After firing due to the higher temperatures required for glazing the head has ended up with some serious cracks. I could have used bronze oxide and rubbed it in and that wouldn’t have required firing. I like the glossy green glaze but it is essential that if producing a sculpture again I am aware of the risk of repeat firing.
I tried to use my images that I have manipulated on photoshop onto the digital printer. I have limited skills in photoshop but I have spent time on editing photos to the best of my ability and asked for direction if anyone was near me was around to offer advice. I spent time experimenting with different outcomes and was happy with the end results. I chose three portraits of myself aged 16, mid 30’s and myself now. I did want to try and create an image of myself in the future but as yet I advent been able to create one that I am satisfied with.
I experimented with blurring or distorting the images for two reasons,
- One being, that I am drawn to abstract painting. What I like about abstract painting is that I feel an interrelation with the chaos and roughness I see in abstract paintings. I connect with the madness and explosion of colour and it allows my imagination to run away with itself.
- Two being, that I feel more comfortable with a blurred image of myself due to issues with confidence. That said I think abstract also will best serve my style of stitch that I intend to use.
I tried various methods of saving to JPEG, TIFF and Photoshop but I had no success. I spent most of the day trying to upload the images but to no effect. I also elicited the help of peer students and tutors but I had to admit defeat in the end. I then thought about using the images in a different ways because what I am looking for is an image that I can apply stitch to.
I have experimented with screen print, lino print and mono print. I thought I would experiment with screen print first and see weather I am able to get the image that I want. I sent a job sheet in requesting a screen printed frame and a list of colours. I chose orange black yellow and aqua blue/grey.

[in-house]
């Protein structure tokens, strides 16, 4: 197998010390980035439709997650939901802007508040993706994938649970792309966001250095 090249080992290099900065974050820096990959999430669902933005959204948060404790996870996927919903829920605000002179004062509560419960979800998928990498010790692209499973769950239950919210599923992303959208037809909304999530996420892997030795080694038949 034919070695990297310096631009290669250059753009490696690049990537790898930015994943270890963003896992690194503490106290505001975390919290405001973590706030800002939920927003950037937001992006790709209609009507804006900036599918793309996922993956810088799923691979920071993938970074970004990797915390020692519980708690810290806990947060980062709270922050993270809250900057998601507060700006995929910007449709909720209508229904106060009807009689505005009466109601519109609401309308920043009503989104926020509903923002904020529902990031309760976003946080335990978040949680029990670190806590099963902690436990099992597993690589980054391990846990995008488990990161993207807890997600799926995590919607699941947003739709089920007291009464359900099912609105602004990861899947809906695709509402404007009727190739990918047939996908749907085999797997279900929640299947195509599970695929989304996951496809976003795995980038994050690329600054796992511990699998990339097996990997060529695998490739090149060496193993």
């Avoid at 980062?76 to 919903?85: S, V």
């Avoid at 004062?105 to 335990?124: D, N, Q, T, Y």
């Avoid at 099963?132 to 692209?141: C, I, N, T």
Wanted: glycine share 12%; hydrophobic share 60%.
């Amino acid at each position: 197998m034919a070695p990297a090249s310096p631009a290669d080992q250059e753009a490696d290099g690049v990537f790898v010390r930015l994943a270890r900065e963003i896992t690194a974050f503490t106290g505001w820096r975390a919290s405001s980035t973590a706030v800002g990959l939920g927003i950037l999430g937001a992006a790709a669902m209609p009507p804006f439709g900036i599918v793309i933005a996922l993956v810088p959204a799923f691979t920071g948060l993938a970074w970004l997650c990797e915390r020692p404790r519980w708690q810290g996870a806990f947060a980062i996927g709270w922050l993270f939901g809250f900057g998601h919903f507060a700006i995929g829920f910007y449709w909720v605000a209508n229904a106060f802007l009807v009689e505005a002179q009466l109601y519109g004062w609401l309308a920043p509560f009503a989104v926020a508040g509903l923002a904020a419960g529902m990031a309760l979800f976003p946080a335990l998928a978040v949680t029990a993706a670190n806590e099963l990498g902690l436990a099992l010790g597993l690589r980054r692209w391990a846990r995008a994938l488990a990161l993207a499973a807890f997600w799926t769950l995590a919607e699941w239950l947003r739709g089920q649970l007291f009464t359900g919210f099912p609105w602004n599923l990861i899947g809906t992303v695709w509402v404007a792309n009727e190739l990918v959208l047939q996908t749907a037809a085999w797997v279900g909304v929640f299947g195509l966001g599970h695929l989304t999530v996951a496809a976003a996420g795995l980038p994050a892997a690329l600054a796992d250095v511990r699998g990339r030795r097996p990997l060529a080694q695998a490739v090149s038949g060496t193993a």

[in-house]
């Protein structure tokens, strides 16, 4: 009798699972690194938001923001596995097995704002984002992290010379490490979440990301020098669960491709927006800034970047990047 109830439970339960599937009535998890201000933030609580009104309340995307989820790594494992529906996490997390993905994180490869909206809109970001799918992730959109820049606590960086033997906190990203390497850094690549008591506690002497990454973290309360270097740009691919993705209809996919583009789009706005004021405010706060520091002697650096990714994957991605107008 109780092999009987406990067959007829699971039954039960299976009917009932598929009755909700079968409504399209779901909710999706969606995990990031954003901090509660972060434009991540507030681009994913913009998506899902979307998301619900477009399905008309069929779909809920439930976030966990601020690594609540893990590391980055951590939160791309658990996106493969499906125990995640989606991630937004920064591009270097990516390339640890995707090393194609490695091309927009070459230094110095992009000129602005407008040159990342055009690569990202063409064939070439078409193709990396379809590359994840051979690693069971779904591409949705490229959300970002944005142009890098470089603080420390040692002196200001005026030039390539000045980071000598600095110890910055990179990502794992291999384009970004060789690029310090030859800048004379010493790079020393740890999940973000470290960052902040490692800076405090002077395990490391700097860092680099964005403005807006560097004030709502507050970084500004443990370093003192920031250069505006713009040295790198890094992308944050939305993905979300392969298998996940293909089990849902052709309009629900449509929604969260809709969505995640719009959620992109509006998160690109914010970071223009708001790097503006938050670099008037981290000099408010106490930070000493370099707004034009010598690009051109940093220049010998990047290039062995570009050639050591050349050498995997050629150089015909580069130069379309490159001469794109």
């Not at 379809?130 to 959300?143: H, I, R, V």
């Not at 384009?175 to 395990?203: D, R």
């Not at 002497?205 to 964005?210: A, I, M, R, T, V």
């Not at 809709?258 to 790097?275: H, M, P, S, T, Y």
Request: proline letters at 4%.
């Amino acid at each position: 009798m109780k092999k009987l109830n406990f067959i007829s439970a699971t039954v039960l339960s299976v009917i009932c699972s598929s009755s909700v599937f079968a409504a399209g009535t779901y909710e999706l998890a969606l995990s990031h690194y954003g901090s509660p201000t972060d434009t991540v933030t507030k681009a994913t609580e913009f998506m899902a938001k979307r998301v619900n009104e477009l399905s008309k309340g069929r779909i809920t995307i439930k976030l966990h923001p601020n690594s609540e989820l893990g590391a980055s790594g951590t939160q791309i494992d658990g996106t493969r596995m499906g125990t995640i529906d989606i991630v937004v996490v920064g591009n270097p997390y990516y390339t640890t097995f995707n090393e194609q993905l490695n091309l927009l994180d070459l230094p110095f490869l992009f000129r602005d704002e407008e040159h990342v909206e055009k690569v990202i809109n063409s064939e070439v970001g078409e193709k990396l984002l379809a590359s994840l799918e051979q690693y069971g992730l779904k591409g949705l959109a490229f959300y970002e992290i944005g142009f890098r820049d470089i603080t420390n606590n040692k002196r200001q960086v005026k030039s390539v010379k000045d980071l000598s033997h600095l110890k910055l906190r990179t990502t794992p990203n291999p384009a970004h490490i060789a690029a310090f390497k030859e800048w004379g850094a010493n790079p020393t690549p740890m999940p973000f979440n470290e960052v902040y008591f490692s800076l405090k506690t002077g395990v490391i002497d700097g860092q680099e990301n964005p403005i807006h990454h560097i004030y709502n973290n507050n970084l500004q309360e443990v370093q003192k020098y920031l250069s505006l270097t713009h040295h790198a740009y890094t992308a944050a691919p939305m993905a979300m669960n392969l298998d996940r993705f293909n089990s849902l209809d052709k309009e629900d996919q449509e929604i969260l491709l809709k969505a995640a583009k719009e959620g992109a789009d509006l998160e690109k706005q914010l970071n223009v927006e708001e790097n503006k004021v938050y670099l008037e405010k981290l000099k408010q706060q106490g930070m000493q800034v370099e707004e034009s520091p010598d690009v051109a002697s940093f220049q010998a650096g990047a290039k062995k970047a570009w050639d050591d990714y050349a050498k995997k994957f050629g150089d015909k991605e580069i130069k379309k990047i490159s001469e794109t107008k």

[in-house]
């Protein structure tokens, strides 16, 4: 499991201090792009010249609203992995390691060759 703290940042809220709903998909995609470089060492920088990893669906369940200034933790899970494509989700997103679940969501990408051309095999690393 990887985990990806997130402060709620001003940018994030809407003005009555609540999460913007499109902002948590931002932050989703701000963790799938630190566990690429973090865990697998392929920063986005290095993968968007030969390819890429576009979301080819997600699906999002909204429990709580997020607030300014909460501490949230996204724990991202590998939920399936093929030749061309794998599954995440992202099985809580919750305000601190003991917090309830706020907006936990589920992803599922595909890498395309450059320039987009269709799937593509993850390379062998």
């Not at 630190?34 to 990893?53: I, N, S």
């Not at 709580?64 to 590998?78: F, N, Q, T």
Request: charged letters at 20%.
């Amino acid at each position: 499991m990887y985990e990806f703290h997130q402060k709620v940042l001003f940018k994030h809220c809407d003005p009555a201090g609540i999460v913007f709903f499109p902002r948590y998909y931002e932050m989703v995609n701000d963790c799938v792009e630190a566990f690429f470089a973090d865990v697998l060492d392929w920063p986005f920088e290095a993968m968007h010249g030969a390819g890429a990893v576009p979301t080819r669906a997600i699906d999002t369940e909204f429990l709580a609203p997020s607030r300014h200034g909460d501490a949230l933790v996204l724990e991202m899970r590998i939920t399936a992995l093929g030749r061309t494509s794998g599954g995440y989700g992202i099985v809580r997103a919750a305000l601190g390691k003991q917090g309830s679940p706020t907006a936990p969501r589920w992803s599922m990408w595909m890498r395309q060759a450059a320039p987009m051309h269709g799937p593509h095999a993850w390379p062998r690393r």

Finished I think unless I decide to add a little more abstract splashes of green to the background I’m still undecided. 30 hours of work and I’m still not totally happy. This is taken from a portrait of me at 16. I was trying to get a 3D abstract image I wanted to raise the cheek more but yet not make it too relisitic.
I’ve learnt it’s hard to interpret shade into colours and the skill needed to create a choice of colour from ones own interpretations requires a great deal of skill. Due to wanting the portrait to represent me in my youth I refrained from wrinkles and creases as I felt this could confuse the age.
The time which it takes to complete the picture is excessive but I was aware of this from previous sampling and mistakes can be costly time wise.
I think if I had interpreted the image on photoshop and created the colours on paper first I could have experimented with these and settled on what works best. This could have saved some time on unpicking mistakes.
I chose to work with the colours as it occurred to me there and then. But I think this is a disadvantage and if I where to repeat the process would design the colour patten on photoshop first.
I now need to work out how to flatten the picture and weather to hang it so the back is visible also.
I’m still not sure but need to walk away and assess what the piece still requires. I’ve cut away at the wool because it wasn’t right. This piece defiantly needs more contemplation time before it is complete.